– tensions, ambiguities and polarities:

- but ideas are confused: the peoples were seen as simpler,happier and more moral etc, but it was still believed that European culture wasbeneficial to them, and importing European culture was justified by theirinnocence

3. freedom ‘a long time coming.’

Enlightenment Ambiguities and Tensions.

5. Key Femalefigures: () deGouges, women and slavery:

- (Himmelfarb argues) did have two problems other countries did not have: the Indians and slavery, and both were ‘very nearly intractable’. Afterall, fundamentally, ‘the displacement of the Indians was the precondition forthe very existence of the settlers.’ (219)

(ii) Mary Wollstonecraft, women and gender

- subsistencefarming, she says, was not compatible with ‘more sophisticated agriculturaleconomy, to say nothing of industry and commerce…’

Introduction – tensions, ambiguities and polarities:

- in addition, the Church had female saints and mystics

- also America was nota poor country, she argues, so there was not so much concern over poverty -in fact some thought luxury more of a social problem than poverty… So there wasn’t so much philanthropy etc as in

- the salons also enabled more women to become writers

- it was, then, commonly believed that settlers wereentitled to take native land – especially because the settlers had superioragricultural techniques etc,

Women, science, industrialisation, and what is ‘natural’?

- some saw the horrors of the impact on the Indians, butblamed it on others. Thus blamed the British for “seducing” theIndians to massacre the whites, and for the consequent “brutalization if not extermination of this (the Indian) race in

Enlightenment inconsistencies/ambiguities:

- John Jayhowever, was concerned that the treatment of the Indians was reducing hiscountrymen to ‘white savages’ – and urged the more gradual extension ofsettlers’ land.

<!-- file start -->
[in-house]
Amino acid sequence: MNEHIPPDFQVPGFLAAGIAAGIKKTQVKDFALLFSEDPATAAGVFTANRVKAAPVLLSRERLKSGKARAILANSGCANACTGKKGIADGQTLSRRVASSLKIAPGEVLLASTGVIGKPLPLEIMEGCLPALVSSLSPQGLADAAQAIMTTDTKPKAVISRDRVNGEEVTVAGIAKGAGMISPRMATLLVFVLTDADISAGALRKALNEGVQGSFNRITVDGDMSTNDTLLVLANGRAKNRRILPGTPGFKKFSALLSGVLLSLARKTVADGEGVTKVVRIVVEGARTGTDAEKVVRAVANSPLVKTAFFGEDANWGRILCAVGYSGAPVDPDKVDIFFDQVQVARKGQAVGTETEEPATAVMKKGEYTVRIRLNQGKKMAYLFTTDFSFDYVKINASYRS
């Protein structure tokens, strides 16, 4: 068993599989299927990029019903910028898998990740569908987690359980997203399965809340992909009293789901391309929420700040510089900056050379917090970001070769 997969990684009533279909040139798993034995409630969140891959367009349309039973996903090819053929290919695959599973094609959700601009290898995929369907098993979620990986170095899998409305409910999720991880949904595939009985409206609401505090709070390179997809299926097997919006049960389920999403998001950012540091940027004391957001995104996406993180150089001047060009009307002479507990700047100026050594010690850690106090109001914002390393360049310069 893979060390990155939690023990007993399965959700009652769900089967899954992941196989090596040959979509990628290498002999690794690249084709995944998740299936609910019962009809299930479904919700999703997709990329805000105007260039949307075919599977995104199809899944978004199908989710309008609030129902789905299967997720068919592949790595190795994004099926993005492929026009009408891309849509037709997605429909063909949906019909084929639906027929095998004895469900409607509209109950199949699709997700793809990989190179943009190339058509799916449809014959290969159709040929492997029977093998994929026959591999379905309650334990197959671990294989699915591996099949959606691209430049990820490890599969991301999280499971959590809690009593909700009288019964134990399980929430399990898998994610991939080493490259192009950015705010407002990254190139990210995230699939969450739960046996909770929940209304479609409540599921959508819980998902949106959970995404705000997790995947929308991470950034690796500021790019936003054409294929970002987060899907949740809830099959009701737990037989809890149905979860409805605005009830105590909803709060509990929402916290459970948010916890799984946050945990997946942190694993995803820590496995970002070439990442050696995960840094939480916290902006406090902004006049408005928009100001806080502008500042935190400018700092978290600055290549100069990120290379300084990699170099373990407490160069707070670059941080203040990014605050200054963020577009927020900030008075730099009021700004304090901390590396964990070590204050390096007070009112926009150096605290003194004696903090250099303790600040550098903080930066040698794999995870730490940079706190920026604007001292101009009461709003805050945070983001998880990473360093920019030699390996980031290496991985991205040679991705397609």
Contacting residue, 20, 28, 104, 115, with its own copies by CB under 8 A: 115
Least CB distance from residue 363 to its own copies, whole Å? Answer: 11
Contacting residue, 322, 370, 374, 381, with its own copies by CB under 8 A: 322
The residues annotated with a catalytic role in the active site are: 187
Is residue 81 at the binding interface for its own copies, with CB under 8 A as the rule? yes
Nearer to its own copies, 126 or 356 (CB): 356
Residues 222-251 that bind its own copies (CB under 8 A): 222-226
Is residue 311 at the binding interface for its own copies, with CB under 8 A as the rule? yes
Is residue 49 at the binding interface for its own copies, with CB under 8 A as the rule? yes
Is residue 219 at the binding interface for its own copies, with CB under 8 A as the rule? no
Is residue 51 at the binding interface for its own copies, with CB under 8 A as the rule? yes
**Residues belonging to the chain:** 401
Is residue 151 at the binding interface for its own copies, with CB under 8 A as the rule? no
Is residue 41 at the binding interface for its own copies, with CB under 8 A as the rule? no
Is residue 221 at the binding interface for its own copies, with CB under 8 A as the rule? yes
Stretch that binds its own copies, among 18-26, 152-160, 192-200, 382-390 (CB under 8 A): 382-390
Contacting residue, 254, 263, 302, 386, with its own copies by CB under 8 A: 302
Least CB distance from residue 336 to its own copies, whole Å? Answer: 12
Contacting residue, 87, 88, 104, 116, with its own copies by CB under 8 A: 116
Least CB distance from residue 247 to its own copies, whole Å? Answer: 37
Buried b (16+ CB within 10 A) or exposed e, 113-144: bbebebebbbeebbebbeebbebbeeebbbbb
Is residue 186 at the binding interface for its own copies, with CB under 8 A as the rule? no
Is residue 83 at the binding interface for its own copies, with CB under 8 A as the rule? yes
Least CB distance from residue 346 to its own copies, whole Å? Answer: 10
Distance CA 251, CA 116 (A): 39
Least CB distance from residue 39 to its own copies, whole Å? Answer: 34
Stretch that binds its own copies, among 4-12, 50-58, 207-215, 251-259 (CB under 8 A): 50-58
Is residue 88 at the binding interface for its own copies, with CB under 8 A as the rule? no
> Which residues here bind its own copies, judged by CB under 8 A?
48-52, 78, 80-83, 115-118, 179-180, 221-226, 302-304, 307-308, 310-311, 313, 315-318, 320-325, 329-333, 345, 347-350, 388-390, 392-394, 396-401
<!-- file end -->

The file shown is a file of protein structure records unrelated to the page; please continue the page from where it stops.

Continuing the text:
- nature and civilisation (a basic question since women weremainly seen as closer to nature)

Other conflicts inenlightenment thinking on the issue:

- the beauty of the Pacific islands was also appreciated, atthe same time as when beauty was being sought in European landscapes - this canbe seen in the popularity of travel literature (as mentioned), and in thepopularity of stage plays, artists traveling to Tahiti etc, images of plants,engravings… (Outram p 52)

- public and private (which especially applied to the notionof separate spheres for women)

Article by Cecily Jones, Guardian

- William Wilberforce, who is remembered as a significantcampaigner against slavery, was an Evangelical, and a friend of the , (see Himmelfarb p 129, and there is more here onMethodism…)

colonised peoples (this view is still held by some modernwriters, unfortunately)

- Sophie , mistress (highly intelligent, cultured andarticulate)

- Americans regardedthemselves as superior…the Declarationof Independence includes the description: “themerciless Indian savages, whose known rule of warfare is an undistinguisheddestruction of all ages, sexes and conditions”